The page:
290 — Playing Atari with Six Neurons

Cuccu, Togelius, & Cudré-Mauroux (1806.01363)

Read on 06 June 2018
#neural-network  #game  #machine-learning  #atari  #videogames  #optimization 

There have been a lot of papers recently describing neural networks playing various basic video games (and a few not-so-basic); the core tenet of these neural networks was that they had no concept of gameplay aside from the pixels available to them on the screen at any given time. This meant that the neural networks responsible for playing the game were both very large, and only understood the game score by learning to notice pixels that often represented lives-remaining or other HUD metrics.

But that’s not really how video games are: Usually, it’s easy enough to tell what’s going on, and while designing a strategy may be difficult, enumerating the possible moves is not.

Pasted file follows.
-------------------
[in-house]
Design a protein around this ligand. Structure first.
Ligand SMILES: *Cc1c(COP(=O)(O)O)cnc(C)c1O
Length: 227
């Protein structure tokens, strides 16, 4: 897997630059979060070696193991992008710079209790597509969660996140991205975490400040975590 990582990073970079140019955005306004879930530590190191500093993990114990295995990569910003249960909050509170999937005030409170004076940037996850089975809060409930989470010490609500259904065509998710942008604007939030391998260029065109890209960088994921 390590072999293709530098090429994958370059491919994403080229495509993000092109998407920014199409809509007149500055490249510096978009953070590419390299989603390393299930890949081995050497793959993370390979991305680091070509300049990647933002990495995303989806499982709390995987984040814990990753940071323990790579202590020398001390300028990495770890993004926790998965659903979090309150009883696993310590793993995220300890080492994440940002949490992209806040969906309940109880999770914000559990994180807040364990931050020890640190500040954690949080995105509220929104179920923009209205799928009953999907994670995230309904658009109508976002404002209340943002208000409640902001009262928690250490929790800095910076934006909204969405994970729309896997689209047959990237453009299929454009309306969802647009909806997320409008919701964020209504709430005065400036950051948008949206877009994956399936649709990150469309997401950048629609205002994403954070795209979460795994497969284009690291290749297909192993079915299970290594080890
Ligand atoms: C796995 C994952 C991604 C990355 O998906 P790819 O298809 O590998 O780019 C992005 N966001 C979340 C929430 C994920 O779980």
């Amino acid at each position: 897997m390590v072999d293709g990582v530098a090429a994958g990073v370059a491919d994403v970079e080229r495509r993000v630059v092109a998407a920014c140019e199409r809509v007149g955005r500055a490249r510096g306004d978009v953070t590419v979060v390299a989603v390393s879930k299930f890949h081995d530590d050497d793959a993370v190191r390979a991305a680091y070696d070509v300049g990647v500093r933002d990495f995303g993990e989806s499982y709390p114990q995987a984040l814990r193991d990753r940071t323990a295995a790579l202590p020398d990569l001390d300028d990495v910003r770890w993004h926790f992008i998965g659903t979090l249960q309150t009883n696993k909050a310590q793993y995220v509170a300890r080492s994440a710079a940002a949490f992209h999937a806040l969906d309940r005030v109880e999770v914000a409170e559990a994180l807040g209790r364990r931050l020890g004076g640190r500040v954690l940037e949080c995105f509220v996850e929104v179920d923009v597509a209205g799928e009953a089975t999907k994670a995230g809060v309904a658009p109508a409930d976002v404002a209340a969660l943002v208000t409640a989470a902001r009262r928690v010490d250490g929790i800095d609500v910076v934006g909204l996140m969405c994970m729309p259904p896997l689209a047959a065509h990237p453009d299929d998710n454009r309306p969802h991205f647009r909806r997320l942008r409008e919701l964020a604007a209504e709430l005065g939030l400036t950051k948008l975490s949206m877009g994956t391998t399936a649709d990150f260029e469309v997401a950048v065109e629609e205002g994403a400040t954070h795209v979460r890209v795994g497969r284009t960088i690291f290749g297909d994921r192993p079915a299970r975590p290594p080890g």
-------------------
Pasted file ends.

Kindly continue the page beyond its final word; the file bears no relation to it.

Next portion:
This paper reduces the required size of an Atari-game-playing neural net from in the thousands of neurons to only a handful, by providing the network with a representation of the game state, rather than making it guess from scratch.

The system is simple: A Compressor converts the image-space into a brief understanding of the game state; this is fed into the network in order to learn a game-winning strategy.

This technique is so effective that a six-neuron network is enough to play certain Atari games, and more complicated others still only require 18 in order to play with state-of-the-art performance.